I just returned from the AHA in Seattle. The trip was a pretty good one, although I am exhausted from the long flight out there and back.I arrived on Saturday morning and registration was very easy. All the staff seemed in a pretty good mood and I even had someone greet me when I entered the registration area and point me to the right booth. Unfortunately, my room was not yet clean so I had to haul my bag around for the next couple of hours. The good news was the hotel gave me a free upgrade to the "club level" which put in a nice room, high up in the hotel, with a view of the mountains. It was really stunning.
I eventually made it over to the book exhibit. The highlight was that some press was giving away free cake. I also ran into a friend from graduate school and we made plans to get together that night for drinks and dinner. For lunch I went to "Game Works", which was like a cool Dave and Busters. The meal was just okay, but it did give me some time to review my paper.
I made it one session in the afternoon. It was a talk on Graduate School Fellowships. I ended up at it because I knew someone on the panel and wanted to show my support AND it was in the building I needed to be in for a 4:00 meeting. Luckily the session had some good things to say about applying for funding in general and it wasn't just focused on graduate students. Some of the helpful comments included:- be able to answer the “so-what” question- persuasive in broad terms- know enough to show mastery without having finished the research- research practical and restrained- don't present research as filling a gap- needs to be jargon-free- you can get a grant even if you aren't at a research institution- start months early- explain how your work fits in your field- don't fill your proposal with unanswered rhetorical questions- have someone to read it who is outside of academy- don’t whine about how if you don't get the grant you won't be able to do the project- don’t compare yourself to mega-scholars- proof read.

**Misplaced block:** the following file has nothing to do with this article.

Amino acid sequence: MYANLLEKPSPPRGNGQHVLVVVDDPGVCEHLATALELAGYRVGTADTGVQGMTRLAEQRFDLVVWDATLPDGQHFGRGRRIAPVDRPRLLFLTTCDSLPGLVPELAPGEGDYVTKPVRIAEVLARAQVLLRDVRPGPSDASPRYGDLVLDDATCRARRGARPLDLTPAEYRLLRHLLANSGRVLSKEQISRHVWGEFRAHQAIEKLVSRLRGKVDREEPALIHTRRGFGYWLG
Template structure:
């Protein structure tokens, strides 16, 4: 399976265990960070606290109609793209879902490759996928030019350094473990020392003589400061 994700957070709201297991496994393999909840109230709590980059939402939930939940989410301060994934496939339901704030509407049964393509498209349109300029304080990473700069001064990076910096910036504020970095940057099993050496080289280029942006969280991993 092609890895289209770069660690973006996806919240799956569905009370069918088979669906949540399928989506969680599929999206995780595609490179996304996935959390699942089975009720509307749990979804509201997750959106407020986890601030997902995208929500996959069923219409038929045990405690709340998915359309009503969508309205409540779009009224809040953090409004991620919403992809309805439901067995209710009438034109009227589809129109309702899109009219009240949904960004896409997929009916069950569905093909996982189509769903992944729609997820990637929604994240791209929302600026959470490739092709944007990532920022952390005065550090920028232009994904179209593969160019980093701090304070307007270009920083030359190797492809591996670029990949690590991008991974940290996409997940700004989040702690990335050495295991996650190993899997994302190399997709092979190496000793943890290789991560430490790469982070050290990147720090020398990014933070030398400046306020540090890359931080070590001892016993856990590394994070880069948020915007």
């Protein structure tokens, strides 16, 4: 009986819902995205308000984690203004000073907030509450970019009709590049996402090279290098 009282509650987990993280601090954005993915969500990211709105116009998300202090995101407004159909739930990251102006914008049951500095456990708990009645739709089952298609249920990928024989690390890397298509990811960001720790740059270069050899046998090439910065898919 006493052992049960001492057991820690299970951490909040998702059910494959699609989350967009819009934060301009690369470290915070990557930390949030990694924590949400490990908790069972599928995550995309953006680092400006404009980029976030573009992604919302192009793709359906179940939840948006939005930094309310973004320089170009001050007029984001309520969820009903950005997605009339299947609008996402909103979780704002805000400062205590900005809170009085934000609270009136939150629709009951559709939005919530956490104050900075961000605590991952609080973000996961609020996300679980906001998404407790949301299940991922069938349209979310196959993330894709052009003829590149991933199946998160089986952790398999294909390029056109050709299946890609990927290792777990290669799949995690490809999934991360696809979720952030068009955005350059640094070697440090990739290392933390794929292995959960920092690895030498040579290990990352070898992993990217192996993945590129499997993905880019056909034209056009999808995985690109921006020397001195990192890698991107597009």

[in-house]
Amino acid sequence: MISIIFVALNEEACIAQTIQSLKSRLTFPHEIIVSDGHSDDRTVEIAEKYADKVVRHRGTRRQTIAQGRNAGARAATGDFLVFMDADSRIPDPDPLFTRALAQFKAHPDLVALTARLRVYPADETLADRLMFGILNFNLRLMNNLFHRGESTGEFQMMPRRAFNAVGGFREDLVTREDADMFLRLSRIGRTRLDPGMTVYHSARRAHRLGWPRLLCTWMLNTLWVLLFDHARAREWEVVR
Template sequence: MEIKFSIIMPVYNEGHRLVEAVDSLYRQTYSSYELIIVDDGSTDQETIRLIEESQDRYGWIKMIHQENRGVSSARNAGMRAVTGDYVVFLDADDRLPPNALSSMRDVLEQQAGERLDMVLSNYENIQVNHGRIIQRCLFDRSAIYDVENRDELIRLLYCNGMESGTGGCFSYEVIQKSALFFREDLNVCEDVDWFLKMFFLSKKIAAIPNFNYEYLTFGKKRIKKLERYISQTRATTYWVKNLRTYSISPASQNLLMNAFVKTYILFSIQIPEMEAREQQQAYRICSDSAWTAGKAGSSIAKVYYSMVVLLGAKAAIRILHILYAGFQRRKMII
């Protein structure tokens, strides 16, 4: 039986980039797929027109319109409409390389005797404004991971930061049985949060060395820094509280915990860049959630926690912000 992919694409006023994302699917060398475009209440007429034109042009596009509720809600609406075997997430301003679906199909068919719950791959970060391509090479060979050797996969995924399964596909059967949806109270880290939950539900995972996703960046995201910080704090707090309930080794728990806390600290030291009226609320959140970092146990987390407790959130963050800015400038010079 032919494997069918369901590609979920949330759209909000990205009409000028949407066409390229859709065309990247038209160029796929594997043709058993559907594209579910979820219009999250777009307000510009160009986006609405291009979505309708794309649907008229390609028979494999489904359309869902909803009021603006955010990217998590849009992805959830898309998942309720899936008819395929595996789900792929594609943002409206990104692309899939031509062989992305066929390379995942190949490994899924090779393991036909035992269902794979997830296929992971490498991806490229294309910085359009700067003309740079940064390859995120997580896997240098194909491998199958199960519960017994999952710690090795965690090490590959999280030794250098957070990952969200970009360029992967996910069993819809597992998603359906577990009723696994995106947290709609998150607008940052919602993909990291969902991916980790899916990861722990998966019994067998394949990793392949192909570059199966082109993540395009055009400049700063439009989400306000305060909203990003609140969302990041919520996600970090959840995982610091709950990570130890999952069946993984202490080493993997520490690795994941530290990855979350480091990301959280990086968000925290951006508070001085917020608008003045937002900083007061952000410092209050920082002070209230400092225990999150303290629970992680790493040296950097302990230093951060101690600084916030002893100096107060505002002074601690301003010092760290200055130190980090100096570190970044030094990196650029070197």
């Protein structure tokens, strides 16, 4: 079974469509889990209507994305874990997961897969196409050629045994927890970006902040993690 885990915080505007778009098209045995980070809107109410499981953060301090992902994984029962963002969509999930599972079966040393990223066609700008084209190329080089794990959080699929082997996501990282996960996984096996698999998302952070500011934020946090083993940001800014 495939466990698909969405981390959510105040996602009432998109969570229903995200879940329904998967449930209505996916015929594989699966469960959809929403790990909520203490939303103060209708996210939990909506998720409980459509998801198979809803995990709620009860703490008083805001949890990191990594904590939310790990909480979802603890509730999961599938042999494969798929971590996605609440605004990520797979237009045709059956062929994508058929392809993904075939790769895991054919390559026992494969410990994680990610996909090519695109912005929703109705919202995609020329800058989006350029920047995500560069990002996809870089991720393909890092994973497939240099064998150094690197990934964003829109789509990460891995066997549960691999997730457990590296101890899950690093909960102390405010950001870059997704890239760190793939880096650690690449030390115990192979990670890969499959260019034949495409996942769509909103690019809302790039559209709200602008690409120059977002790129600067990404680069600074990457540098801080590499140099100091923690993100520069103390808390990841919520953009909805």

I then went to visit with a publisher who had seen my paper title and wanted to talk about the book I am working on. I 'pitched' her my idea, but she didn't seem that interested. But when I later talked it out with some other historians, they seemed to be more encouraging. I definitely am not ready to abandon my plan.
Early in the evening, I met up with my grad school advisor and one of my former classmates to discuss what has been going on at the school since I left. Lots of changes, but at the same time it almost feels like I never left. Same old controversies and problems as ever. I then had dinner with some other grad school friends. They all seem to be doing well. It is so nice to see people from my old department getting several job interviews and being successful at landing teaching positions. I swear that when I started in the program it was much rarer for a student to successfully go on. Then it seemed to be the exception rather than the rule when someone got an AHA interview. At least now, it seems to be much more common.
I'll write about Sunday in my next post.
Saturday, January 01, 2005
This is what I was talking about a few posts ago. While it is totally unacceptable for professors to grade students on their political views or make them feel intimidated from speaking up in class, at the same time I wonder how many of those people who are complaining actually have an argument to back up their views? I know that if I have a student in class who wants to argue that FDR was an awful president... they need to have some information to back it up. If they can point to stuff like court-packing or that the New Deal failed to end the Great Depression great, but they need more than just their opinion... they need the information to back it up and they need answers to their opponents arguments. If they can't support their arguments and they are just mad that their opinions aren't getting them good grades -- too bad. You need evidence, not just opinions.
Posted by drhistory at 3:05 PM